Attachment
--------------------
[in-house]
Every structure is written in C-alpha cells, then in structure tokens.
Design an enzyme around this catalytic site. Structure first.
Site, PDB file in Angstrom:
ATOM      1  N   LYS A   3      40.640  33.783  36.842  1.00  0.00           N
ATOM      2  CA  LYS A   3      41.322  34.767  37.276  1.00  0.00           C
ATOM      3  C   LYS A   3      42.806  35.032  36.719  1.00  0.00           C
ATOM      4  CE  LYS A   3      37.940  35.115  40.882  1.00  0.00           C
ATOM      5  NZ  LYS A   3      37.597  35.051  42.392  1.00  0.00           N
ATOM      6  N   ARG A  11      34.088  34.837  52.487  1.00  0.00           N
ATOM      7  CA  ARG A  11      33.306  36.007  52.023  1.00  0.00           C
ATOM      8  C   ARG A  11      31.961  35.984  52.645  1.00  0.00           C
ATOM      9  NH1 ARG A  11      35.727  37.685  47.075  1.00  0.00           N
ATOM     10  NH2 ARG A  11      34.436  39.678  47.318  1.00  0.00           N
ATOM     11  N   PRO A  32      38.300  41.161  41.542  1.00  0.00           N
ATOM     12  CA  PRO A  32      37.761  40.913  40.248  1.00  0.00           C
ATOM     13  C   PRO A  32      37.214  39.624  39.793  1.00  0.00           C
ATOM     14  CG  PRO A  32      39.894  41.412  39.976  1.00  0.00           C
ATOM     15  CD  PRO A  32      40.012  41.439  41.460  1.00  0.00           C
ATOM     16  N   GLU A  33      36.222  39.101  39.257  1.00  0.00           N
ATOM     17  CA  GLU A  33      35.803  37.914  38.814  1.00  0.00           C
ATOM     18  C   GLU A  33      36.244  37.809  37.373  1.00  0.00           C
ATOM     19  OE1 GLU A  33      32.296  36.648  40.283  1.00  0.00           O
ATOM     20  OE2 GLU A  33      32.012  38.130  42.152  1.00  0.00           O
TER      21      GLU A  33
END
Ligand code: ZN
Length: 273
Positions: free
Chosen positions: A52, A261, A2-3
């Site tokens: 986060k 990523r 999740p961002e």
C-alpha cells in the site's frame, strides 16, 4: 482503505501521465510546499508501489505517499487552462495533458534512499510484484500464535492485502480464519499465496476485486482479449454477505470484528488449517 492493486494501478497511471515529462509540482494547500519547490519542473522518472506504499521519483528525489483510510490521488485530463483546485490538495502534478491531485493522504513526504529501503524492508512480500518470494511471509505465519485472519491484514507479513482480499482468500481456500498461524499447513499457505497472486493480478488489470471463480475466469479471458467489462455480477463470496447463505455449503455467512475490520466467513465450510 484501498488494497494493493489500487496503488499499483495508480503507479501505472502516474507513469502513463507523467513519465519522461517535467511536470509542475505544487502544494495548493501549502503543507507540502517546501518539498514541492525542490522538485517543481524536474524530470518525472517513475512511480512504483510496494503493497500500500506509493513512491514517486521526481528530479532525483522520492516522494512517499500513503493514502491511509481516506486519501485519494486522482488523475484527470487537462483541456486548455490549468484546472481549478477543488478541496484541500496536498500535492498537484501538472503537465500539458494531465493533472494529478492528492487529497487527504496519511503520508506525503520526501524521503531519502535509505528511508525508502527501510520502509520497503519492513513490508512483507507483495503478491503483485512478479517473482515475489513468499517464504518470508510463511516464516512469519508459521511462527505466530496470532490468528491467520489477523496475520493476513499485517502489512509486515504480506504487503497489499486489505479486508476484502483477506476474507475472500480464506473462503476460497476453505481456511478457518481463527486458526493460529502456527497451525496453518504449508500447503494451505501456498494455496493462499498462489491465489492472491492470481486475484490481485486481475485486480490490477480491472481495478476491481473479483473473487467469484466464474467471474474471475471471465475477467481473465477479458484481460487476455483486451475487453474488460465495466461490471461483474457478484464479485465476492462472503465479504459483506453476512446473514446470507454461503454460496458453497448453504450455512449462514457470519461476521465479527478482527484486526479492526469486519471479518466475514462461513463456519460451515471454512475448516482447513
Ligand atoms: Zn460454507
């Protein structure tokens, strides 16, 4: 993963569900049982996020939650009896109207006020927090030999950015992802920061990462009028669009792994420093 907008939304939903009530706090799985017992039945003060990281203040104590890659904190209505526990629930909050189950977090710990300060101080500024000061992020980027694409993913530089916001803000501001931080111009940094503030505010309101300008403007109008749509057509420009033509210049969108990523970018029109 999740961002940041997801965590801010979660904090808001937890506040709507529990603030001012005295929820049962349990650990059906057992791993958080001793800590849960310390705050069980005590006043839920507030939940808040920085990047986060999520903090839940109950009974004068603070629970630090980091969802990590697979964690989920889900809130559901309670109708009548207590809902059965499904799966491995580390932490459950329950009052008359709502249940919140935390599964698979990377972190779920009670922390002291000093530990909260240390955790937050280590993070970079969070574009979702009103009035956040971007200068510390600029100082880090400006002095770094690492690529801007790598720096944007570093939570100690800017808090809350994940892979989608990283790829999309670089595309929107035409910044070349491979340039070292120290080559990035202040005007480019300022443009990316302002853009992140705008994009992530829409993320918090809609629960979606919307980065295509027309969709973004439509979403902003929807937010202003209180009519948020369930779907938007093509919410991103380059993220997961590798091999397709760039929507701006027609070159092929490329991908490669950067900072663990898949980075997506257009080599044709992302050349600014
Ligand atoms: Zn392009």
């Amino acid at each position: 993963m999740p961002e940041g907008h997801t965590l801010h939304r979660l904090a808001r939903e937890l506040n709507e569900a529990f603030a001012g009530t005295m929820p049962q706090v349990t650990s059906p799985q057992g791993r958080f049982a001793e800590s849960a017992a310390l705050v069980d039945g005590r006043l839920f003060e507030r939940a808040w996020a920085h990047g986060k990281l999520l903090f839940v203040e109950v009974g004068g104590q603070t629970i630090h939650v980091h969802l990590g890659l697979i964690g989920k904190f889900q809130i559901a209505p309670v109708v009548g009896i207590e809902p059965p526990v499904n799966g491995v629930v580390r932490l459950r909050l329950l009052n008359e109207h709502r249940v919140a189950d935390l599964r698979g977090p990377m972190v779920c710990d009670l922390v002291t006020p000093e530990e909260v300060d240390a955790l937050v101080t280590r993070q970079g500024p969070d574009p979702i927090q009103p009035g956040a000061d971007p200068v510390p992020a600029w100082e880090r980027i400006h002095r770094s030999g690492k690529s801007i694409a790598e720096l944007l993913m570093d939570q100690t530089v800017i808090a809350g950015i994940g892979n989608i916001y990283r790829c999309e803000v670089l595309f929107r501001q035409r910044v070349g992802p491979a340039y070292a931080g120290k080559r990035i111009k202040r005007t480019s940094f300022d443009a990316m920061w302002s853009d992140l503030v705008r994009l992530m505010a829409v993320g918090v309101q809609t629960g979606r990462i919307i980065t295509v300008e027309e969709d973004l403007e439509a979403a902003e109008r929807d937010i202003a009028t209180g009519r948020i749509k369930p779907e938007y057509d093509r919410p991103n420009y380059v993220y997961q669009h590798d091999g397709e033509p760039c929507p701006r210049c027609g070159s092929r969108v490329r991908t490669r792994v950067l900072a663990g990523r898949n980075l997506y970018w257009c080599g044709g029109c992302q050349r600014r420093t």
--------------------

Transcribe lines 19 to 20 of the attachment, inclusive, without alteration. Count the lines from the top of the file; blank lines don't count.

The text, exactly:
ATOM     15  CD  PRO A  32      40.012  41.439  41.460  1.00  0.00           C
ATOM     16  N   GLU A  33      36.222  39.101  39.257  1.00  0.00           N